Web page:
This is why, if we truly believe in Jesus and are serious about following Him, we will become more and more compassionate. God came among us as a compassionate healer. He came to heal, not to condemn. To be Christlike means to be a compassionate healer, not a CID or Cop!
In classes on Psycho-sexual Integration and Celibacy, I quote Sr Melanie Svoboda, a US Sister who writes honestly and competently about choosing celibacy. Two things she insists on: (a) The desire for intimacy is a deep human longing. A person needs to discern well before deciding to choose life-long celibacy; (b) We can fail in celibacy in two ways, namely, by going “too far” in relationships (as when a priest falls in love with a parishioner) or by not relating enough. She would tell her novices the second is the greater and more frequent danger in celibacy -- to live together without loving one another.
We, religious and priests, join these special settings or profess celibacy, not just to do some work. Our work -- teaching, nursing, social work, media, etc. -- does not require celibacy. This unusual choice of life -- saying No to two of life’s BEST pursuits, namely, spousal love and parenting -- would be healthy only if chosen out of a deep spiritual awareness. To coax (“recruit”) someone to join us just because we have institutions to run, and need hands for work, is neither just, nor is it “vocation promotion.”
So, rather than focus on a few sensational cases of suicides, we need to pay honest and discerning attention to the larger issues of religious life and priesthood. Is there true fraternity in most dioceses? Are most of our communities homes of love, or simply work-related settings with frequent power games and divisions? Our “real job” as religious is to set an example to the Catholic community on how the Gospel can be lived joyfully. Our core duty as priests is to help people in their relationship with God. Are we really faithful to these main duties, or are we simply a bunch of people living by worldly standards, with several hours spent in the chapel every day?
India has the largest number of religious in the world -- around 150,000 -- and also the largest number of religious in formation. We are not providing adequate formation for living our life joyfully and lovingly. Diocesan seminaries face the problem of being staffed by professors who may not be formators (the two roles are quite different, and require different qualities and skills). Religious formation houses differ greatly in the seriousness and quality of selection and formation of candidates.
Apart from these general observations on formation -- which I cannot go into in a short article -- I need to add one weakness which the Church is aware of: The weak link in the formation of priests and religious is HUMAN FORMATION.
Human formation includes the following six areas: (1) Adequate health and capacity for work; (2) Emotional balance; (3) Psycho-sexual integration; (4) Healthy relationships; (5) Responsible use of freedom; (6) Contact with reality.
Human formation requires mature, loving and inspiring formators who create a joyful and caring atmosphere in which the young can really grow up. It also requires honesty and responsibility in the formees. But, of the two, the greater responsibility is with the formators, for this simple reason: “The young have a right to be immature, but superiors and seniors should be exemplary.”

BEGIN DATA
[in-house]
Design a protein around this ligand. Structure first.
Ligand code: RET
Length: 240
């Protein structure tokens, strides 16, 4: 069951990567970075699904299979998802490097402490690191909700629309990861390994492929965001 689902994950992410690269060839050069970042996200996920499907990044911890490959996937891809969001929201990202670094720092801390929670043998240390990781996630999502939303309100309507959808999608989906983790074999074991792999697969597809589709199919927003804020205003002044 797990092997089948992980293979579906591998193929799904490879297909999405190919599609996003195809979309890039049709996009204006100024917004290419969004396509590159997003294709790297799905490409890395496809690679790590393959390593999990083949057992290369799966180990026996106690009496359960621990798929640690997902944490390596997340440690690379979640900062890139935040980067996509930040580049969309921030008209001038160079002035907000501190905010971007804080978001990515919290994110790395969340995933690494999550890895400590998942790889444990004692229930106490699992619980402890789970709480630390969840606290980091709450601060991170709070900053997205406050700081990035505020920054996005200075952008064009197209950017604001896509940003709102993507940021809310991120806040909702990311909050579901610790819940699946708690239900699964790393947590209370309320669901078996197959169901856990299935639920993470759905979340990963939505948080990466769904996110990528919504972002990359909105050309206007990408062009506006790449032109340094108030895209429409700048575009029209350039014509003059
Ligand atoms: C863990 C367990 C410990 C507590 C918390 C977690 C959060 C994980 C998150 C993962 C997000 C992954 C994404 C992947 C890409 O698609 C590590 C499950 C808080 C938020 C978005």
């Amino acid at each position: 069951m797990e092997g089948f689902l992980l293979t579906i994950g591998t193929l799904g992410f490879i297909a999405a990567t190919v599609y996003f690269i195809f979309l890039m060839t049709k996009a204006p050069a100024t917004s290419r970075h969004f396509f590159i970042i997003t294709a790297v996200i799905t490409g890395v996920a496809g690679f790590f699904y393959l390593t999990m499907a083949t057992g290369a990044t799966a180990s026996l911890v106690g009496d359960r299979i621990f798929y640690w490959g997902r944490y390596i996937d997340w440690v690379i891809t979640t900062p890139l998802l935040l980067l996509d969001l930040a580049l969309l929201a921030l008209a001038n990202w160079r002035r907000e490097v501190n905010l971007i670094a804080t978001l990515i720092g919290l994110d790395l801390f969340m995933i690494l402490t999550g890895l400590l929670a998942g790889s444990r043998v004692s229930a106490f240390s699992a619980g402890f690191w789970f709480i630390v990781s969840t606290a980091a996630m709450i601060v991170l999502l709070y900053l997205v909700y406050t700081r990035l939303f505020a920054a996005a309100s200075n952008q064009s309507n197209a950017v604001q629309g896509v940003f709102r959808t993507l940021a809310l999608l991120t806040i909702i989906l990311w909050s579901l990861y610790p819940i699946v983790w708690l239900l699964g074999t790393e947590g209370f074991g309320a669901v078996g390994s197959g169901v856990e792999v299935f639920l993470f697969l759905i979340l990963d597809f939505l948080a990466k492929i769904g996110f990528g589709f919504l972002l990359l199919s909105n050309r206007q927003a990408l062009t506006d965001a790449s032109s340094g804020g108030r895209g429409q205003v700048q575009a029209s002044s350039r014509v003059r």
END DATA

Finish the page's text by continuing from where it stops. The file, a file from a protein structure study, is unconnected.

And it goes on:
With all its limitations -- which the press is delighted to highlight -- the Catholic Church, I believe, is the largest agency in the world for doing good. The good done in and through the Church is amazing. To quote just one statistic, the Church is the largest private provider of medical care in India, with over 3,500 presences.
Our challenge is not: How to put right a rotten organization, but rather: How to improve a system that does lots of good, but can and must do even better.
Providing better human formation, including counselling and spiritual direction, using our long years of formation to become better and more mature human beings, seeking and getting help rather than hiding our problems, being healers more than bosses when we are in positions of authority, understanding that every human being is more insecure than they look, and building loving communities -- all this is stuff we are supposed to know. There is really nothing new or revolutionary in any of these suggestions.
Since we all tend to blame structures or expect miracles from changing structures, I would like to end by putting two questions for personal reflection to the reader: (1) Is there anyone I go to, or can go to, to share deeper personal issues? How much help have I sought and got in this area? (2) Am I the type of person -- warm and genuine, compassionate and not judgemental -- whom someone in pain or confusion will feel like approaching, certain that I will listen with love and respect, keep matters confidential and do all I can to help? Do people approach me for confidential help. That is the simplest way of checking whether I am suitable for this form of ministry.
We need many more persons of this type -- warm, genuine, respectful, compassionate and sincerely interested in helping others -- to become all that God wants them to be. They are true life-givers.
(Fr Joe Mannath SDB is the National Secretary of CRI, and the editor of MAGNET magazine. His experience includes 20 years of formation ministry, 12 years of university teaching, 8 years of work in on-going formation, as well as international lecturing, spiritual direction and writing. E-mail: firstname.lastname@example.org)(Published on 23rd December 2019, Volume XXXI, Issue 52)